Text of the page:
Another week and Teva Pharmaceutical Industries Ltd. (NYSE: TEVA; TASE: TEVA) share price continues to fall. Yesterday, Teva's share price began the week on Wall Street by falling 2.78% to $7.69, giving a market cap of $8.4 billion. The share price is down another 1.76% in premarket trading. Last week the share price lost 14.5% and it is down nearly 90% since its peak in 2015.
Once the "share of the nation," Teva's ignominious fall is expressed in the growing number of Israeli companies that are becoming more valuable than it. Yesterday, it was the turn of business systems and billing provider Amdocs Ltd. (NYSE: DOX) to overtake Teva. Although Amdocs share price fell 0.60% on NYSE yesterday to $63.15, the Ra'anana based company still closed with a market cap of $8.66 billion, well above Teva's $8.4 billion.
Last week, Israeli business software systems provider NICE Systems Ltd. (Nasdaq: NICE; TASE: NICE) overtook Teva. NICE has a market cap of $9.1 billion after its share price has risen nearly 40% this year.
Teva lost its title as Israel's most valuable company some 18 months ago to cybersecurity company Check Point Software Technologies Ltd. (Nasdaq: CHKP), which today has a market cap of $17.9 billion, more than double that of Teva. The next Israeli company in line to overtake Teva is DIY website company Wix.com Ltd. (Nasdaq: WIX), which has a market cap of $7.26 billion.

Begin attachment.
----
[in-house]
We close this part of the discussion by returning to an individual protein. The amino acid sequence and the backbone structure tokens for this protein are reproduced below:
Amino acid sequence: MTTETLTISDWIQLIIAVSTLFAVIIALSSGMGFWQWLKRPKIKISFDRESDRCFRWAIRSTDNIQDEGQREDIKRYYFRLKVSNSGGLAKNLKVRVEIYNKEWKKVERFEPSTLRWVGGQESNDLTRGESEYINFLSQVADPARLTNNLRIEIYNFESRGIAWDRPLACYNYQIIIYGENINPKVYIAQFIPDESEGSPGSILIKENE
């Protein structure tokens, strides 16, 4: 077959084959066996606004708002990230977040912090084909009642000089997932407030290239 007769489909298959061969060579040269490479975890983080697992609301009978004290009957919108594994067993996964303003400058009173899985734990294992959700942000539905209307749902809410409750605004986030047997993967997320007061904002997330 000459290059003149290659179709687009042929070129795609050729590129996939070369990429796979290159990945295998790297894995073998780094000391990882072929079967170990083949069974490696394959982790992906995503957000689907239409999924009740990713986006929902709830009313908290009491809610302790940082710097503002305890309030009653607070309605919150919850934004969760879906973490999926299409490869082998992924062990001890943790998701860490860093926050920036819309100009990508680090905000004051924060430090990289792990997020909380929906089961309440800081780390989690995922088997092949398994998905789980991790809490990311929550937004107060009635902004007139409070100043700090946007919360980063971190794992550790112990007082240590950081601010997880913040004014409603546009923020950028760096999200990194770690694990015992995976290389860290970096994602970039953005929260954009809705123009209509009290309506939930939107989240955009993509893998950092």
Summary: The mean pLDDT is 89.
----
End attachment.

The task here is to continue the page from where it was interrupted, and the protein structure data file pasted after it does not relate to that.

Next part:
It is by no means clear that Teva has hit its bottom price with Morgan Stanley cutting its price target for the Israeli pharmaceutical company to just $6.
On the Tel Aviv Stock Exchange (TASE), Teva has also seen its market cap overtaken by Bank Hapoalim (TASE: POLI) and Bank Leumi (TASE: LUMI) as well as NICE System. Check Point and Amdocs are not traded on the TASE.
Teva's current woes can be traced back to the ill-fated $40 billion acquisition of Allergan's Actavis generics division in 2015, which has saddled Teva with $27 billion in debt as US generics prices plummet following government pressure on 'overcharging.' Teva also faces potentially expensive litigation in the US for price-fixing and the opioid addiction scandal. In addition, the patent on Teva's blockbuster Copaxone multiple sclerosis treatment has expired and annual revenue, which had peaked at $4 billion, is falling fast. On top of all these troubles, President Donald Trump is still complaining that generic drug prices in the US are unfairly high.
Published by Globes, Israel business news - en.globes.co.il - on July 23, 2019
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